Ephemeral publications collected by Guatemalan bibliophile Arturo Taracena Flores. Most of the publications are “street literature” intended to be read or distributed widely and/or posted in public places, representing a broad range of organizations and interest groups.
Photographs documenting conditions in Texas schools for Mexican-American children as part of “A Study of the Educational Opportunities Provided Spanish-Name Children in Ten Texas School Systems” (1948), schools in New Mexico, and migrant labor camps in Texas.
The Archive of the Indigenous Languages of Latin America (AILLA) is a digital language archive of recordings, texts, and other multimedia materials in and about the indigenous languages of Latin America. AILLA’s mission is to preserve these materials and make them available to Indigenous Peoples, researchers, and other friends of these languages now and for generations to come.
This exhibition explores the themes of revolution, national autonomy, and anti-capitalism in a set of inauguration speeches delivered by Castro. The selected texts highlight how the rhetoric of the Cuban Revolution shaped the built environment of the island and how these advances complicated the polarized representations of Castro’s government.
On March 1, 2020, prominent Nicaraguan poet Ernesto Cardenal passed away, leaving an indelible legacy behind. He was a multi-faceted man: He was a poet, priest, revolutionary, liberation theologist, sculptor, and activist. This exhibition seeks to trace and reflect on key moments in his life.
This exhibition aims to underscore resistance to colonial legacies by examining Latinx zines that interrogate food and its impact in shaping cultural identity.
Selection of pictorial, topographical, and political maps at the Benson Latin American Collection.
The exhibition focuses on three distinct moments when maps played an integral role in the transformation of Mexico and its political geography. In the sixteenth century, early colonial pictographic maps drawn by indigenous artists reflect the growth of Spanish colonial administration. In the eighteenth century, new maps of Mexico’s principal cities serve as both representations and instruments of the viceregal government’s efforts to re-order and regulate Mexican social life and public spaces. In the nineteenth century, maps are central to the military struggle for independence and the defense of contested national borders.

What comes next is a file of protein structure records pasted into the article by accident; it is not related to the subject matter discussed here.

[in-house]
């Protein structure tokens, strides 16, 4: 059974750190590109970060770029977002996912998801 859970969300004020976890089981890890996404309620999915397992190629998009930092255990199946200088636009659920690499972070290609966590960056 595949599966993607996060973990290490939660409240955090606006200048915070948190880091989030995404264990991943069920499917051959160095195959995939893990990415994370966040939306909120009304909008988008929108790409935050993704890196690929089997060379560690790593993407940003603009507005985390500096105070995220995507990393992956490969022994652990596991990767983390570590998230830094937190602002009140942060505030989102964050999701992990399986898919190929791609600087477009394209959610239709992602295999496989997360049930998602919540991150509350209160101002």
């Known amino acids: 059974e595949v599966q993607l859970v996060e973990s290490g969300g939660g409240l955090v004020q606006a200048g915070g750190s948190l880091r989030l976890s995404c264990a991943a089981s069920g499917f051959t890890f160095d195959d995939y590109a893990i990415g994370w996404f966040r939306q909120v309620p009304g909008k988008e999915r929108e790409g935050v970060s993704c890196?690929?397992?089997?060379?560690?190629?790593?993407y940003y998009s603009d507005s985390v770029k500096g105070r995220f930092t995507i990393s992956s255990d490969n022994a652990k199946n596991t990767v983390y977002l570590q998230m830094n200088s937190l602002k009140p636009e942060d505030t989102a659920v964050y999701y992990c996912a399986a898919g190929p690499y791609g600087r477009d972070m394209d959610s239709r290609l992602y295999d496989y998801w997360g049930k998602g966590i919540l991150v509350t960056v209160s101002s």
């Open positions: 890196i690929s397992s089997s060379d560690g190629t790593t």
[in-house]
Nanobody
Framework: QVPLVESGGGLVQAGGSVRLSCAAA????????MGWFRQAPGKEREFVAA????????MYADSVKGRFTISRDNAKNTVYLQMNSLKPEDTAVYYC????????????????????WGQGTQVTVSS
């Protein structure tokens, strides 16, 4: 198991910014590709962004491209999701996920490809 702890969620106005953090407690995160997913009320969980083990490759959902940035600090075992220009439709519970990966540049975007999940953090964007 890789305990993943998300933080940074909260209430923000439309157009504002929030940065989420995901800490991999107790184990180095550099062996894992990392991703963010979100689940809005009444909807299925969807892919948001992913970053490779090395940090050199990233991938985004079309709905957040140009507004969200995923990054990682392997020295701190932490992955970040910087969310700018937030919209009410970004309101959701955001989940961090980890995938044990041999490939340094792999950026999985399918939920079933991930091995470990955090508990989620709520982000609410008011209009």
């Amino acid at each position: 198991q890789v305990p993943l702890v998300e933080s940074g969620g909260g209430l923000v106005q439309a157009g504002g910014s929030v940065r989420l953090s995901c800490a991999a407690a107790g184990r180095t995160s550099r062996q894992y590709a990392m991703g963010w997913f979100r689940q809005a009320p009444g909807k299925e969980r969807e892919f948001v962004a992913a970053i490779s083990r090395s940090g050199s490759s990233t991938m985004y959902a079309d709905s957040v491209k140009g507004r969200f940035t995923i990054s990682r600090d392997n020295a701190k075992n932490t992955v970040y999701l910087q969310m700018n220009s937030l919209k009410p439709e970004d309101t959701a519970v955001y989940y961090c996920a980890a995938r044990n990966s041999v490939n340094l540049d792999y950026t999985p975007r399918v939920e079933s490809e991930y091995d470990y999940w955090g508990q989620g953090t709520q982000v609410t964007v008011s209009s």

This collection contains full-text English translations of speeches, interviews, and press conferences issued by Fidel Castro from 1959 to 1996. These are based on the records of the Foreign Broadcast Information Service (FBIS), a U.S. government agency responsible for monitoring broadcast and print media in countries throughout the world. The Department of Research of the Radio Martí Program, part of the U.S. Information Agency, undertook the task of digitizing FBIS reports from 1959 through the end of the 1980s.
The digital collection consists of political propaganda from the period of the Salvadoran armed conflict (1980-1992), produced primarily by clandestine groups and solidarity organizations, as well as the military. The posters contain artwork and photos criticizing U.S. intervention in the conflict, announcing protests, and calling attention to government atrocities.